While you're at it, write down the contact numbers for the local police, tourist police and your embassy of the country you plan to visit and keep it in a safe place. Get a photocopy of your passport and visas, and keep it in a separate place from your actual passport.

Networking

It would make things much easier if you actually know some locals before arriving in a foreign country. A good place to start is your local church: many churches have missionaries around Asia and they'll be happy to meet up with you during your travels. Otherwise, try checking out reputable voluntary organizations, religious groups, community organizations or organizations promoting tourism in the area you are visiting on the Internet and gather some contacts. The locals can usually recommend a good place to stay, or interesting places to visit. Also, if you're traveling to a remote area, having a local base will make it easier for your family to contact you.

Packing

Try carrying a moderate amount of money with some small change in local currency in a wallet. Place some spare money - US dollars is a good bet because it is accepted in most countries - and keep this securely together with your passport in a waist or body pouch. Getting a small lock for your hand luggage will deter potential thieves. My Australian friend, Claire, once had her bag rummaged by a guy sitting next to her on a bus when she was traveling alone around Indonesia.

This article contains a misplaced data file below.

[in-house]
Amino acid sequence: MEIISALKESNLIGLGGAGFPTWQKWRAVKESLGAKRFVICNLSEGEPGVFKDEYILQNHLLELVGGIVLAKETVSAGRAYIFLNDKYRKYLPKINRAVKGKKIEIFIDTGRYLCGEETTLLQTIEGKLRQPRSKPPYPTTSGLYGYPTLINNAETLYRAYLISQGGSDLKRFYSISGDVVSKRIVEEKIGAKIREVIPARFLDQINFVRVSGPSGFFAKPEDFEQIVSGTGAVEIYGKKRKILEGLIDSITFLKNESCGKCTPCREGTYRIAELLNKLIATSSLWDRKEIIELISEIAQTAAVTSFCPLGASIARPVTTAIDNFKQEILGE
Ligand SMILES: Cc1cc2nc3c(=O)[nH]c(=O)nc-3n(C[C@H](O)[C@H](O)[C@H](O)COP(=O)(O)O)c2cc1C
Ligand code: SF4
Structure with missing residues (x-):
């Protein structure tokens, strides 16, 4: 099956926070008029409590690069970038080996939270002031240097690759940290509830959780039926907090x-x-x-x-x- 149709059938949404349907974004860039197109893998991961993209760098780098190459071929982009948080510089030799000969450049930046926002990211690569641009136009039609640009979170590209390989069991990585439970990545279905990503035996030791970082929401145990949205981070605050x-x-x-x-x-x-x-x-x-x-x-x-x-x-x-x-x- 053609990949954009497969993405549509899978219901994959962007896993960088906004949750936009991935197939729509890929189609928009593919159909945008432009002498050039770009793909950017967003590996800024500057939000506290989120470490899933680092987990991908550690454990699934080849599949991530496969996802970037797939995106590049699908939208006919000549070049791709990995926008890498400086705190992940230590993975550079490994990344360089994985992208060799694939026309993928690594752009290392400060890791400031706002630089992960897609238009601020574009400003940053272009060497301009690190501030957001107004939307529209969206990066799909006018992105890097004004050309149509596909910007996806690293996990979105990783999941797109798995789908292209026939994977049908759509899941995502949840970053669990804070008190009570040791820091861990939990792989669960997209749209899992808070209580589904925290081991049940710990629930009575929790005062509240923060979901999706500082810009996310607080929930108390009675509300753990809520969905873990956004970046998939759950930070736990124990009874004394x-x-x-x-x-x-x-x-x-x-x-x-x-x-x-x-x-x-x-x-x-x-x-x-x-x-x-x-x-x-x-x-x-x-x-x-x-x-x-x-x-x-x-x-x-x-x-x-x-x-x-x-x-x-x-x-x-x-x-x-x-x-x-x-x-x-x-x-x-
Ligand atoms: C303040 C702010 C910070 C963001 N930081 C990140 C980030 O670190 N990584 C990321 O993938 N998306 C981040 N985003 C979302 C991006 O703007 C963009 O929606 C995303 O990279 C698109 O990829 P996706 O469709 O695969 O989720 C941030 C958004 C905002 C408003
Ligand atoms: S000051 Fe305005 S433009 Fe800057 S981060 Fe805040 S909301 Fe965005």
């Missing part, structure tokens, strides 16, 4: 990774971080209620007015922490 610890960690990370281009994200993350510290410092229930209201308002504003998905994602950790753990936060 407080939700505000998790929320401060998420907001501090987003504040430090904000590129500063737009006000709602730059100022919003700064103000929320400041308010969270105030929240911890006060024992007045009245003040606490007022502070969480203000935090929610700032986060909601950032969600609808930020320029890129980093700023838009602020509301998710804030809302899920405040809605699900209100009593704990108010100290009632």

Do not carry too much clothes - laundry rates are very affordable in most Asian countries.

Pack about five t-shirts (with sleeves!), a few pair of long cotton pants, some underwear, a wrinkle-free cotton dress and a pair of shorts if you're planning to go to the beach. Remember to carry a jumper, for overnight travel in air-conditioned trains and buses. A sarong (piece of long material, readily available in most Asian countries) will prove to be a pretty useful thing - you can use it as a makeshift bag, a skirt, a towel, a cover-up when walking to the beach in your bathers or even as a rug on the beach.

No matter how tempting it is in the tropical heat, avoid wandering around in a sleeveless t-shirt and shorts. Doing so will only attract unwanted attention to yourself. Remember to bring some toilet paper, which might not be available in the Muslim countries and some tampons (not commonly available in Indonesia and the Indo-China countries).